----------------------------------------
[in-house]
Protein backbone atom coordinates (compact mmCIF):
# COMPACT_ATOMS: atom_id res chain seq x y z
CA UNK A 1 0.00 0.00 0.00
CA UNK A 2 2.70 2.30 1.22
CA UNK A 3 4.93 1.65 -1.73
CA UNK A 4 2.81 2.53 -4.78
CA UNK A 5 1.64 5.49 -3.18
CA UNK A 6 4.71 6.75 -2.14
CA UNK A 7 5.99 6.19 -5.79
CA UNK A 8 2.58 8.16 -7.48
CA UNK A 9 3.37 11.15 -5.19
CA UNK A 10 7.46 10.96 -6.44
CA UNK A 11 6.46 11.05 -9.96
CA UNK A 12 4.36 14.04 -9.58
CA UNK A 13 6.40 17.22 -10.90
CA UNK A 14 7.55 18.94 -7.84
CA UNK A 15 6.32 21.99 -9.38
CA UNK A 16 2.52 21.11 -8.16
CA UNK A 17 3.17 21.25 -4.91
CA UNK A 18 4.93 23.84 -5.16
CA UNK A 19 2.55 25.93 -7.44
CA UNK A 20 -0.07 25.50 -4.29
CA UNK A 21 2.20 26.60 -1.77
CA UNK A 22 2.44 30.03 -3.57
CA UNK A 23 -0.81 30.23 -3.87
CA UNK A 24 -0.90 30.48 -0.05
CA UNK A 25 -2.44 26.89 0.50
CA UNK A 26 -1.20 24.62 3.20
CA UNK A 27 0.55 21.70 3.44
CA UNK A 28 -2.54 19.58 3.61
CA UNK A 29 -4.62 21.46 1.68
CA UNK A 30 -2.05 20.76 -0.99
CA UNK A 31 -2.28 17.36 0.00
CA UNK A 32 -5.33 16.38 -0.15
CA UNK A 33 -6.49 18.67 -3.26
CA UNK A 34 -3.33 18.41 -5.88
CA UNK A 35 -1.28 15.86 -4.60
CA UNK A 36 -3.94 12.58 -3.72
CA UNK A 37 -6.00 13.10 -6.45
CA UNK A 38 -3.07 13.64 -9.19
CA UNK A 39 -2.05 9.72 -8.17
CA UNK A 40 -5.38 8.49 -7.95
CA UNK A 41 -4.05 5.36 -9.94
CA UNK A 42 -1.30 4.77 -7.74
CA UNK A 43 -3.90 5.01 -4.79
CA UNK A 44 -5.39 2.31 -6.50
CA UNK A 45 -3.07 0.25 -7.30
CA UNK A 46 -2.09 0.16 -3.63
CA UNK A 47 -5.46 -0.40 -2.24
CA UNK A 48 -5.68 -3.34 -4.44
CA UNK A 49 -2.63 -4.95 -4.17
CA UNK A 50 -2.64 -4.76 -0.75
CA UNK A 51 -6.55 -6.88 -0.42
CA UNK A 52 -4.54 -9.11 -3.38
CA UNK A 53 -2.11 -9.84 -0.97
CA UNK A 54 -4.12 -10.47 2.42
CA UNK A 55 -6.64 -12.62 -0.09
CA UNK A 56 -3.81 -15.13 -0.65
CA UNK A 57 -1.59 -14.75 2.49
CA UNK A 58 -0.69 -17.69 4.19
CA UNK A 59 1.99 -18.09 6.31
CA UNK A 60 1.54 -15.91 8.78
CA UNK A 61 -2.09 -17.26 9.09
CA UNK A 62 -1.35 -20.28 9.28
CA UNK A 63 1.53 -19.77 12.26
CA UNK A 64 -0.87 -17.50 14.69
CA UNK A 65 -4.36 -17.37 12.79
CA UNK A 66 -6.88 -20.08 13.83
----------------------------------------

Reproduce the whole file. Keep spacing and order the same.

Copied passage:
[in-house]
Protein backbone atom coordinates (compact mmCIF):
# COMPACT_ATOMS: atom_id res chain seq x y z
CA UNK A 1 0.00 0.00 0.00
CA UNK A 2 2.70 2.30 1.22
CA UNK A 3 4.93 1.65 -1.73
CA UNK A 4 2.81 2.53 -4.78
CA UNK A 5 1.64 5.49 -3.18
CA UNK A 6 4.71 6.75 -2.14
CA UNK A 7 5.99 6.19 -5.79
CA UNK A 8 2.58 8.16 -7.48
CA UNK A 9 3.37 11.15 -5.19
CA UNK A 10 7.46 10.96 -6.44
CA UNK A 11 6.46 11.05 -9.96
CA UNK A 12 4.36 14.04 -9.58
CA UNK A 13 6.40 17.22 -10.90
CA UNK A 14 7.55 18.94 -7.84
CA UNK A 15 6.32 21.99 -9.38
CA UNK A 16 2.52 21.11 -8.16
CA UNK A 17 3.17 21.25 -4.91
CA UNK A 18 4.93 23.84 -5.16
CA UNK A 19 2.55 25.93 -7.44
CA UNK A 20 -0.07 25.50 -4.29
CA UNK A 21 2.20 26.60 -1.77
CA UNK A 22 2.44 30.03 -3.57
CA UNK A 23 -0.81 30.23 -3.87
CA UNK A 24 -0.90 30.48 -0.05
CA UNK A 25 -2.44 26.89 0.50
CA UNK A 26 -1.20 24.62 3.20
CA UNK A 27 0.55 21.70 3.44
CA UNK A 28 -2.54 19.58 3.61
CA UNK A 29 -4.62 21.46 1.68
CA UNK A 30 -2.05 20.76 -0.99
CA UNK A 31 -2.28 17.36 0.00
CA UNK A 32 -5.33 16.38 -0.15
CA UNK A 33 -6.49 18.67 -3.26
CA UNK A 34 -3.33 18.41 -5.88
CA UNK A 35 -1.28 15.86 -4.60
CA UNK A 36 -3.94 12.58 -3.72
CA UNK A 37 -6.00 13.10 -6.45
CA UNK A 38 -3.07 13.64 -9.19
CA UNK A 39 -2.05 9.72 -8.17
CA UNK A 40 -5.38 8.49 -7.95
CA UNK A 41 -4.05 5.36 -9.94
CA UNK A 42 -1.30 4.77 -7.74
CA UNK A 43 -3.90 5.01 -4.79
CA UNK A 44 -5.39 2.31 -6.50
CA UNK A 45 -3.07 0.25 -7.30
CA UNK A 46 -2.09 0.16 -3.63
CA UNK A 47 -5.46 -0.40 -2.24
CA UNK A 48 -5.68 -3.34 -4.44
CA UNK A 49 -2.63 -4.95 -4.17
CA UNK A 50 -2.64 -4.76 -0.75
CA UNK A 51 -6.55 -6.88 -0.42
CA UNK A 52 -4.54 -9.11 -3.38
CA UNK A 53 -2.11 -9.84 -0.97
CA UNK A 54 -4.12 -10.47 2.42
CA UNK A 55 -6.64 -12.62 -0.09
CA UNK A 56 -3.81 -15.13 -0.65
CA UNK A 57 -1.59 -14.75 2.49
CA UNK A 58 -0.69 -17.69 4.19
CA UNK A 59 1.99 -18.09 6.31
CA UNK A 60 1.54 -15.91 8.78
CA UNK A 61 -2.09 -17.26 9.09
CA UNK A 62 -1.35 -20.28 9.28
CA UNK A 63 1.53 -19.77 12.26
CA UNK A 64 -0.87 -17.50 14.69
CA UNK A 65 -4.36 -17.37 12.79
CA UNK A 66 -6.88 -20.08 13.83